I’m constantly on the look out for new designs or fabrics to inspire my next project. Since I got married and made my own tartan shawl in the OH’s family tartan, (see photos from our 2015 wedding here and wedding sewing/DIY projects here), I keep thinking about how I can bring in more of Scottish culture and history into my designs.
One that I feel personal about is the OH’s family tartan. Unfortunately I learned from making the wedding stole (see here) that the family hunting tartan is not one that is sold commercially so will cost more for this particular tartan to be sourced (the half metre of light woolen tartan fabric cost me about £36 for the stole). Even if I can’t use the OHs’ family tartan, I figured I can still use another tartan for my next dressmaking project.
Using a commercially available tartan fabric makes it less personal, but it still brings something that’s inherently Scottish into the world of fashion. Not that I’d really be making a statement, tartan has been used in various fashion cultures from punk fashion to high street (such as Ness, see here) to designers like Vivienne Westwood and Alexander McQueen.
Maybe it’s the history behind each tartan and how it’s significant to each family, maybe it’s the repeated use of colours on a simple checked pattern, but the tartan has always held an appeal to me. You can easily match the repetition in the fabric to make it look like a continuous piece is used for each garment, or you don’t have to worry about matching the pattern at all. It is such a simple yet beautiful design to work with and I have thought about re-using a vintage pattern which I made my first dress with to make a tea dress with exposed front zip with the red, black and white Stewart-style tartan cotton fabric I recently purchased.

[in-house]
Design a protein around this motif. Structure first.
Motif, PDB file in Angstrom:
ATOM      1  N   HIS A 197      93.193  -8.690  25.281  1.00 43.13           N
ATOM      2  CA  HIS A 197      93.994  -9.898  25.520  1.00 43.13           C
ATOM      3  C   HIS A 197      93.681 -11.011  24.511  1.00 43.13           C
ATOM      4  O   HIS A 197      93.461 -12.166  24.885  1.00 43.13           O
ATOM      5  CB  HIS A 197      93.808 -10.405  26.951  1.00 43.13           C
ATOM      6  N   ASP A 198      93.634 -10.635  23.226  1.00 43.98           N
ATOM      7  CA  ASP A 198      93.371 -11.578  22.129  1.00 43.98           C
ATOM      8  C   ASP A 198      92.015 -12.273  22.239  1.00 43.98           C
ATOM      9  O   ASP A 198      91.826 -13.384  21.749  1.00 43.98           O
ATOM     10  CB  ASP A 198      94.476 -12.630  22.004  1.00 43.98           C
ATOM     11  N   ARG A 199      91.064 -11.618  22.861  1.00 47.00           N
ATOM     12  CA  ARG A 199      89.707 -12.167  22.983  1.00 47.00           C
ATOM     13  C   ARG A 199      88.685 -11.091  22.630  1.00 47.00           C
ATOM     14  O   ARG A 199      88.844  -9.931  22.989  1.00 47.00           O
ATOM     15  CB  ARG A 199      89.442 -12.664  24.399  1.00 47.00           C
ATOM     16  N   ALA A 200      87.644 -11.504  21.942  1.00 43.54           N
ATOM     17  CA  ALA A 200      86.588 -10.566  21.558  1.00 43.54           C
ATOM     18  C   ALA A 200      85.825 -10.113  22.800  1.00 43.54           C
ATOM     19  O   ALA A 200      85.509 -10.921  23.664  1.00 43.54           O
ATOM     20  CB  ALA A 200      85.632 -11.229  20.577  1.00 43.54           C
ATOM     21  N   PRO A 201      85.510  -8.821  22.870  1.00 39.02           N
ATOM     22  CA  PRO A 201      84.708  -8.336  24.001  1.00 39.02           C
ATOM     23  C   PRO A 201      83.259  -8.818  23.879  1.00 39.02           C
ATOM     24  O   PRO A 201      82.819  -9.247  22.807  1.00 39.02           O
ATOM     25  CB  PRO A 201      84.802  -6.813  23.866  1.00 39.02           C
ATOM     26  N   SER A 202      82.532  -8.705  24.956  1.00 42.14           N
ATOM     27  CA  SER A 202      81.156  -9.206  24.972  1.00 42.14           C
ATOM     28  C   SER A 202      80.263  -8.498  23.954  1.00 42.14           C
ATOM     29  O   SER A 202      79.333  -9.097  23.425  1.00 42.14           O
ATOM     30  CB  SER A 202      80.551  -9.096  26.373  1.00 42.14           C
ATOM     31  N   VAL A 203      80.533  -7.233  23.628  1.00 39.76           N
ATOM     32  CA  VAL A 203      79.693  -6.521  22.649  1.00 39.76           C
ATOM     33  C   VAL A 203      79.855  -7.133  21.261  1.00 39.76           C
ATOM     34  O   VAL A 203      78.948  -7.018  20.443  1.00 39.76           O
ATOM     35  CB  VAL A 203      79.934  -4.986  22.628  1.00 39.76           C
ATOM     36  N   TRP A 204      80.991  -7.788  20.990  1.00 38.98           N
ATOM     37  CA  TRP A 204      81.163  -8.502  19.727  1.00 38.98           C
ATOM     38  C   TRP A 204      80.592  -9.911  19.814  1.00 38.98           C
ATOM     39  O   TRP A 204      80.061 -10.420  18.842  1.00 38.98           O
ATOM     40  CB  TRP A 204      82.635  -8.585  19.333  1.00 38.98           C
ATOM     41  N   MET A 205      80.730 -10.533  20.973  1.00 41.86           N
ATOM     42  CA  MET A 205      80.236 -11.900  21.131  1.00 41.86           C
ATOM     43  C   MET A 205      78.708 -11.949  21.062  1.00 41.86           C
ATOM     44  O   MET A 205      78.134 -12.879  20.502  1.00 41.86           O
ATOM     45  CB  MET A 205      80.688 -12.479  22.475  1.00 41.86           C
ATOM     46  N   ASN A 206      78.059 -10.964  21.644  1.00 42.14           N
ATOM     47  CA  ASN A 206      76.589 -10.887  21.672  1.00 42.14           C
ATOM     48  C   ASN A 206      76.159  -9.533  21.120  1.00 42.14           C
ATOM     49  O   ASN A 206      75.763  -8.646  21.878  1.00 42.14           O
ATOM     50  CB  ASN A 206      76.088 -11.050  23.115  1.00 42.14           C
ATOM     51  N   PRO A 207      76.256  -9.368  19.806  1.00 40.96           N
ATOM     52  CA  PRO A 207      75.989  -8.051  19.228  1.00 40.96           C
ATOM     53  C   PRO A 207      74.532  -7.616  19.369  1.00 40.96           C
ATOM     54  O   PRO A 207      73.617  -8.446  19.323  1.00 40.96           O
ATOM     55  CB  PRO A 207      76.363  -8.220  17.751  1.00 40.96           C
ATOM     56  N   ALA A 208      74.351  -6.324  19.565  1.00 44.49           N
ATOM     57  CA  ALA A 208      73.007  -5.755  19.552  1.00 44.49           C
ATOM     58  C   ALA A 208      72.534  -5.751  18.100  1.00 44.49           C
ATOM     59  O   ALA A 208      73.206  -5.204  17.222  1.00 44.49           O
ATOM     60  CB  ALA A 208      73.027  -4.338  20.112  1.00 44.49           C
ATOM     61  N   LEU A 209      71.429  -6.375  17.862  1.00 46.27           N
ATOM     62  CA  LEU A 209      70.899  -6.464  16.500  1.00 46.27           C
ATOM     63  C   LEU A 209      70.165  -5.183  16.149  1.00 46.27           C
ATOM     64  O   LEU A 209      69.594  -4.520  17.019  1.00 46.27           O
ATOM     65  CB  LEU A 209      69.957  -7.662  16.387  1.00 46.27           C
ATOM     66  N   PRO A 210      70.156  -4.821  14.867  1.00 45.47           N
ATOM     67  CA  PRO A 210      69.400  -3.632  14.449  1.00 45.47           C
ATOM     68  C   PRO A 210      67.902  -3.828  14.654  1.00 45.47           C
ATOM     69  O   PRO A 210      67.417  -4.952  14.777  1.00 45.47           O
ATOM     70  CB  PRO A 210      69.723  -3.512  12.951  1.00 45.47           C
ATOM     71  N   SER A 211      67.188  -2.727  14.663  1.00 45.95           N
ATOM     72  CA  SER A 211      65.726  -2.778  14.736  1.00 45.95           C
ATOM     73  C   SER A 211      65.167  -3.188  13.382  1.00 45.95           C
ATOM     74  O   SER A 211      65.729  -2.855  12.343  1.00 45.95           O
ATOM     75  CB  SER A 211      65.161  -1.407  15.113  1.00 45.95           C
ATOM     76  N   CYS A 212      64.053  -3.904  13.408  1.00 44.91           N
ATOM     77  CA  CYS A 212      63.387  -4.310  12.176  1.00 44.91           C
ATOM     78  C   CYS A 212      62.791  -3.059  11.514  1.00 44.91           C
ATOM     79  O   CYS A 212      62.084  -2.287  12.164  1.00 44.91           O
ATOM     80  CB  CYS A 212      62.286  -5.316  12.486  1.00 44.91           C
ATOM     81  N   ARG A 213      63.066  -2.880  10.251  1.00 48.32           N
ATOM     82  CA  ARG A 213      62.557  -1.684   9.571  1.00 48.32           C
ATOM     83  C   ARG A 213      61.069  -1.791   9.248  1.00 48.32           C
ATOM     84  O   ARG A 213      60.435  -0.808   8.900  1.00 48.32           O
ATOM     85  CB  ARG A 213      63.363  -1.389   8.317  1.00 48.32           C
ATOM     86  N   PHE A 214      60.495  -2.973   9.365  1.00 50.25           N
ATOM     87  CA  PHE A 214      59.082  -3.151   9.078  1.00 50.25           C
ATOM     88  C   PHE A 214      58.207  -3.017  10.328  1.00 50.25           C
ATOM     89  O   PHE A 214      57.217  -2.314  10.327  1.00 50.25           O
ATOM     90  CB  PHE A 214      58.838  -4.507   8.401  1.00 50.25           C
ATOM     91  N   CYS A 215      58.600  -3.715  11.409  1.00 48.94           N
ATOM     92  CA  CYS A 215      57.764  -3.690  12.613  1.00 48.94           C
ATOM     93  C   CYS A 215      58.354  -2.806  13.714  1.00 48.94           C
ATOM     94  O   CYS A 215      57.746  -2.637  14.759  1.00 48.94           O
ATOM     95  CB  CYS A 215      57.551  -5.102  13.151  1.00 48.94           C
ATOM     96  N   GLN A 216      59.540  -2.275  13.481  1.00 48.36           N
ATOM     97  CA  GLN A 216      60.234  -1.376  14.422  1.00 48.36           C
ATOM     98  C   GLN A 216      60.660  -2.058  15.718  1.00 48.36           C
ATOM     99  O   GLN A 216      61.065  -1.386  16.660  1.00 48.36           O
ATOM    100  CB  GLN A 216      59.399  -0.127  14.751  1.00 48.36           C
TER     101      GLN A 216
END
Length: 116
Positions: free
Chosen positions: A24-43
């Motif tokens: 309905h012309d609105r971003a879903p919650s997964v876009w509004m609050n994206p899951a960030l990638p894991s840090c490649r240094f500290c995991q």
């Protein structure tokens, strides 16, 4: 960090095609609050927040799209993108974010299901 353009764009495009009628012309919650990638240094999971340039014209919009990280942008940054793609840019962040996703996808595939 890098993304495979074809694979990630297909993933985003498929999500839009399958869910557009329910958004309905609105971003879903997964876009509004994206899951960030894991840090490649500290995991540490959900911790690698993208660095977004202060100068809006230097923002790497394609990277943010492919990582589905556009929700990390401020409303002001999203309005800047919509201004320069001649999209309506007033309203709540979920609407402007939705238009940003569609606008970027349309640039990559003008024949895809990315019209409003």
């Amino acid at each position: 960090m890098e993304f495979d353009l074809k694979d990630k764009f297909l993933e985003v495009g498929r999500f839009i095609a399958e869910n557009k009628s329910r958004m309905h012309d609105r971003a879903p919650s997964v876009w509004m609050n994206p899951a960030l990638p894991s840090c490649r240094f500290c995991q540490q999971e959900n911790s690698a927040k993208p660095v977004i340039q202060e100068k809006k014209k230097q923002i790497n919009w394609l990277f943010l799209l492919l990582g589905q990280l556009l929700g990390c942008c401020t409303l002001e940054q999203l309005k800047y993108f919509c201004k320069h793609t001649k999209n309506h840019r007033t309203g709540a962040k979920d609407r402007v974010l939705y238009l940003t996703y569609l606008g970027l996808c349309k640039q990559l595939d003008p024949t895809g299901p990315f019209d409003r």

To give you an idea of how well tartan fabric works in fashion, I’ve included some photos that inspired me below. The use of tartan fabrics have ranged from punk-style dress to work wear, casual tunics or shirt dresses to more traditional style Scottish wedding dresses made entirely from the family’s tartan.
What do you think about the use of tartan fabric for a dress? Have you made a garment from tartan fabric recently?